And so it is with riding. I consistently find that two things are true when riding.
- Over-thinking gets me into trouble, or at the very least, interferes with the feel that I am striving to develop.
- Sometimes, I have to just go through the motions of grooming, tacking up, and hopping onto my horse, to sort of prime the pump and enable me to have a really good ride.
This is precisely what happened to me yesterday. I had ridden Sid, my really fun, solid, reliable little Standardbred. Good conditioning ride, no expectations of anything else. We had a blast.
Then it was time for me to ride Monarch, my Thoroughbred, who is also a great amount of fun, but let’s just say that he tends to be more “highly aware” than Sid. And once again, right before I got on him, the neighbors across the road decided to try setting off some bottle rockets. Another neighbor was walking down the road with her three unruly dogs and a little kid who was pulling one of those noisy plastic sleds. Oh boy. Combine this with the fact that I hadn’t ridden Monarch in over a week, and my mind was full of the possibilities for things to go wrong. So you see, I was already in defensive mode when I mounted Monarch.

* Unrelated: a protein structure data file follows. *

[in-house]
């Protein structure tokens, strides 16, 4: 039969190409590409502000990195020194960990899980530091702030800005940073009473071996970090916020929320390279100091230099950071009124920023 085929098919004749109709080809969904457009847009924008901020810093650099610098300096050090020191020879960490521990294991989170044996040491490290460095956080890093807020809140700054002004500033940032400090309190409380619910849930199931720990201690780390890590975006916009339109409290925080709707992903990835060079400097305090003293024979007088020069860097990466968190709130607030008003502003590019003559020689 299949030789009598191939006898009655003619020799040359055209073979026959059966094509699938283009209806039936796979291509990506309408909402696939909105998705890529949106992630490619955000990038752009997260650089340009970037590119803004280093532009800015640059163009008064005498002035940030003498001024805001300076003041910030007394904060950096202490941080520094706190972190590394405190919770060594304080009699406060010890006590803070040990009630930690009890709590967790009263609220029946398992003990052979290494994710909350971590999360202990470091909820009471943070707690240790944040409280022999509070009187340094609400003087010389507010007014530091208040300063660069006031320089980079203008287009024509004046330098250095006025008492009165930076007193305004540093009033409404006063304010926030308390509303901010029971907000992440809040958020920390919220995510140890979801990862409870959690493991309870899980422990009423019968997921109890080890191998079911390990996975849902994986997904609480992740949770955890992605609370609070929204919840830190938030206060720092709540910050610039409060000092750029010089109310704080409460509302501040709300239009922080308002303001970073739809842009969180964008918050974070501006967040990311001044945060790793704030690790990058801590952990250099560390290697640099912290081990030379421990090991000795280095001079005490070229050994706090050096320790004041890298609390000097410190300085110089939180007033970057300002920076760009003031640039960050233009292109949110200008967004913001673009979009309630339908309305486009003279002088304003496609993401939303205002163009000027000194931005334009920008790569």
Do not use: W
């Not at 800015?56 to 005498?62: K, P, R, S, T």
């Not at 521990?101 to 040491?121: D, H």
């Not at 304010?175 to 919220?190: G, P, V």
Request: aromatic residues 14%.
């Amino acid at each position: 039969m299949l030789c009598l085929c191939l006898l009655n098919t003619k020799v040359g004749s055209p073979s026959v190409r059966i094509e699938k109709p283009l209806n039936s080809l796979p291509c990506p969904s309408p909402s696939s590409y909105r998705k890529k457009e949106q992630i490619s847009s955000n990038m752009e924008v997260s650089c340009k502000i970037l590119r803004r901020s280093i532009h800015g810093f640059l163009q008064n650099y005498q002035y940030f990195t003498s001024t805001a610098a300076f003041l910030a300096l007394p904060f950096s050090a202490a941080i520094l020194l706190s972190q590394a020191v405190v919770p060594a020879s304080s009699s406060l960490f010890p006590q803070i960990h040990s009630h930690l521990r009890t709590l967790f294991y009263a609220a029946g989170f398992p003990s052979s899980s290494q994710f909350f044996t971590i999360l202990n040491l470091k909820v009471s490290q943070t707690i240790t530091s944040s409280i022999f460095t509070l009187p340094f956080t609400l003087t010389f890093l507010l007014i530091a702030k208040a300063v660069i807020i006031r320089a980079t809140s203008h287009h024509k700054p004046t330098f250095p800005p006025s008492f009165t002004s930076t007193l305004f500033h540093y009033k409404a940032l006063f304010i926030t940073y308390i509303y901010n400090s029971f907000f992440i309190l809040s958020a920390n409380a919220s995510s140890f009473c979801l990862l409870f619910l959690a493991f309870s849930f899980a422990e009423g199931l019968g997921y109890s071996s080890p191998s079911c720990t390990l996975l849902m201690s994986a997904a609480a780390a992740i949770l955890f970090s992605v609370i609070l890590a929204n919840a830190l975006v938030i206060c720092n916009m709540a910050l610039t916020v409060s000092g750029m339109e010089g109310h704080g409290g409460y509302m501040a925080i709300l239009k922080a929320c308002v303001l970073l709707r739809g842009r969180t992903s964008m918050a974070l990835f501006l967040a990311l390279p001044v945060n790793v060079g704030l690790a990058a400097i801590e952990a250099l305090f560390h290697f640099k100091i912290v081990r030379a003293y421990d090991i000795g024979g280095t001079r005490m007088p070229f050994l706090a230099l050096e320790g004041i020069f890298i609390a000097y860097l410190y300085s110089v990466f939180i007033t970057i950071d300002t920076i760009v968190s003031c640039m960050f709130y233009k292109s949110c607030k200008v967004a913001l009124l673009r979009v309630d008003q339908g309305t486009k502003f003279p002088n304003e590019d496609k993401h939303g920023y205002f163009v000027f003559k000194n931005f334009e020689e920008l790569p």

How silly! As it turns out, we had a great ride! I was aware that I was defensive and over-analyzing the situation, and just decided to trust myself and my horse. I worked on getting Monarch’s attention on me, and not on the sled or the dogs, and I did some deep breathing and relaxation exercises for me so that I could be back in my body and less in my mind. You want to lean on my leg, Monarch? I will give you ONE good nudge with my leg to get off me, and that will be that. And I will expect you to respond appropriately. You want to accelerate in the trot and start flying around? Nope. ONE good half-halt will suffice. Then you will resume that nice one-two, one-two cadence. I focused on feeling, and not on thinking. The results were fabulous. Monarch really liked me being clear and not nagging him. He was reaching out for the bit, flicking his ears back and forth, and responding much more willingly and quickly. I really liked being able to communicate with Monarch in a clear, way that left no room for misinterpretation and that relied on feeling rather than thinking.
Here’s wishing you all a wonderful New Year, filled with fun times with your horses!